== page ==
Greece–and Greece alone–will be allowed voluntary haircuts from private sector involvement, and every other country (think Portugal, Italy, and Spain) will be required to pay all their debts. This creates an obvious slippery slope: why should “X-periphery” and its citizens bear repayment of all their debts when Greece was allowed to selectively default?
Ultimately, the plan is dead on arrival. That’s because the higher interest rates that have resulted from investors selling European sovereign debt are the effect–and not the cause–of something else. Extending maturities, providing lower interest rates and allowing Greece some principle relief is only treating the patient’s symptoms. The country is barely growing, has structural and cyclical deficits, and a debt load that is likely too big for it to bear even with voluntary reductions. And the new bailout requires even harsher austerity which will likely push the country back into a recession, making deficit reduction all the harder. That developed economy governments and central banks are seeking to tighten policy in the face of economic deterioration is mind-boggling.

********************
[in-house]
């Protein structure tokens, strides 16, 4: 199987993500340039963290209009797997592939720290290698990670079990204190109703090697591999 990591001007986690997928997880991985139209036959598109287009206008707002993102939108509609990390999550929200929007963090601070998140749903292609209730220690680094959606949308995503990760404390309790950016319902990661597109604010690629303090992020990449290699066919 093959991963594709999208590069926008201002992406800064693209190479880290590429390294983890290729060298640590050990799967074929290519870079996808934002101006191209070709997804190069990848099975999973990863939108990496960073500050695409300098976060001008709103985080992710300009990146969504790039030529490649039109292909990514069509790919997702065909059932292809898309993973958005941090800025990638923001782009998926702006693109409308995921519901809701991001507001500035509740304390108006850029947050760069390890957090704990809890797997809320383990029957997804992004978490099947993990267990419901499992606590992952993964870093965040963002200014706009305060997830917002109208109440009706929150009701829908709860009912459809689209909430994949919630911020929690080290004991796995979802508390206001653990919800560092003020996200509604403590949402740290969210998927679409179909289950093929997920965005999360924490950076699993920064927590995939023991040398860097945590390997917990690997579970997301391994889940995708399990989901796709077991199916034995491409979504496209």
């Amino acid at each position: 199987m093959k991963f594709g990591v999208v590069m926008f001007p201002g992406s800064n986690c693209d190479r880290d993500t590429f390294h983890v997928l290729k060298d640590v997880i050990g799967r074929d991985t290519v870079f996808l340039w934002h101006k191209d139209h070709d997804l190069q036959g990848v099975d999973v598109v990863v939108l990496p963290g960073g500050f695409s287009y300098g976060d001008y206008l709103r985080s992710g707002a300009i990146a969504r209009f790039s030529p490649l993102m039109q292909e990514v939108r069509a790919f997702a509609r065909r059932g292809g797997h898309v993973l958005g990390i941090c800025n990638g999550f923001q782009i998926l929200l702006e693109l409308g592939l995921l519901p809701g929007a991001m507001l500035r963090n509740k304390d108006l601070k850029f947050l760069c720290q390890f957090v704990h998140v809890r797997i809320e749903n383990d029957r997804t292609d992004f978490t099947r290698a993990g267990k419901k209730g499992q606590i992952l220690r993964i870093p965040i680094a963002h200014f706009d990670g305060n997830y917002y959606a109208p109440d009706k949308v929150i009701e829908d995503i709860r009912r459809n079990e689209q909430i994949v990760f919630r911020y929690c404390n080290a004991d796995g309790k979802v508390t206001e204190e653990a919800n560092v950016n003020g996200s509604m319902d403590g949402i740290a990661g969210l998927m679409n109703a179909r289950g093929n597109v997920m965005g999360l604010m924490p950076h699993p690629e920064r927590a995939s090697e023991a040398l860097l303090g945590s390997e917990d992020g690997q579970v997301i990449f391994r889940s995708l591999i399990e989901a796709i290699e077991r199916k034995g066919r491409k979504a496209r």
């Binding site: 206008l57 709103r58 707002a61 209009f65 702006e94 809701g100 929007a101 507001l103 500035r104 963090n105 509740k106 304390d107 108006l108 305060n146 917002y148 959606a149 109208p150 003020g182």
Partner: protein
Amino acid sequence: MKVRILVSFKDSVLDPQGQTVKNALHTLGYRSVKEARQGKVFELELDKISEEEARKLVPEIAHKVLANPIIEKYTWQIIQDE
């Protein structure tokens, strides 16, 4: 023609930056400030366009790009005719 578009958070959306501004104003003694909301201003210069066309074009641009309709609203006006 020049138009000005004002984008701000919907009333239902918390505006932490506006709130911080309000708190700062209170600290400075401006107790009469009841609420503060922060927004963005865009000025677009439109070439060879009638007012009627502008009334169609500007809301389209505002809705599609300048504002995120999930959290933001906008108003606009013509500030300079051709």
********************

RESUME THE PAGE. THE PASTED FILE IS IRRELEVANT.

As we wrote in last month’s commentary, economic data has softened considerably as of late. The U.S. Bureau of Economic Statistics released revised data for GDP as well as personal income and consumption. It turns out that the recession was far worse than originally thought and the current recovery weaker. In fact, real GDP grew a mere 0.4% in the first quarter of this year, while the advance estimate of the second quarter is 1.4% growth. We find this puzzling, as recent data has been markedly poorer than it was in the first quarter.
Personal consumption, adjusted for inflation, has fallen in five of the last six months. In fact, its decline has reached a level that historically has coincided with recession having already begun or having been mere months away. The ISM Manufacturing Report also signaled contraction. Last month, new orders and inventories both fell below the level that indicates expansion. It is still a bit too early to predict a recession with high enough probability to induce action, but recent data is disconcerting.
Our value-oriented, domestic equity portfolio should provide better downside protection, with its valuations below both company-specific historical averages and intrinsic worth, as well as broad equity market multiples. Our equities yield more than any developed equity market index and the 10-year Treasury as well. And we have built cash positions to take advantage of further market weakness. For these reasons and despite all the uncertainty, we are maintaining our current positioning. However, should economic data markedly deteriorate further, we may significantly alter our portfolio positioning in the days or weeks ahead. For now, we wait.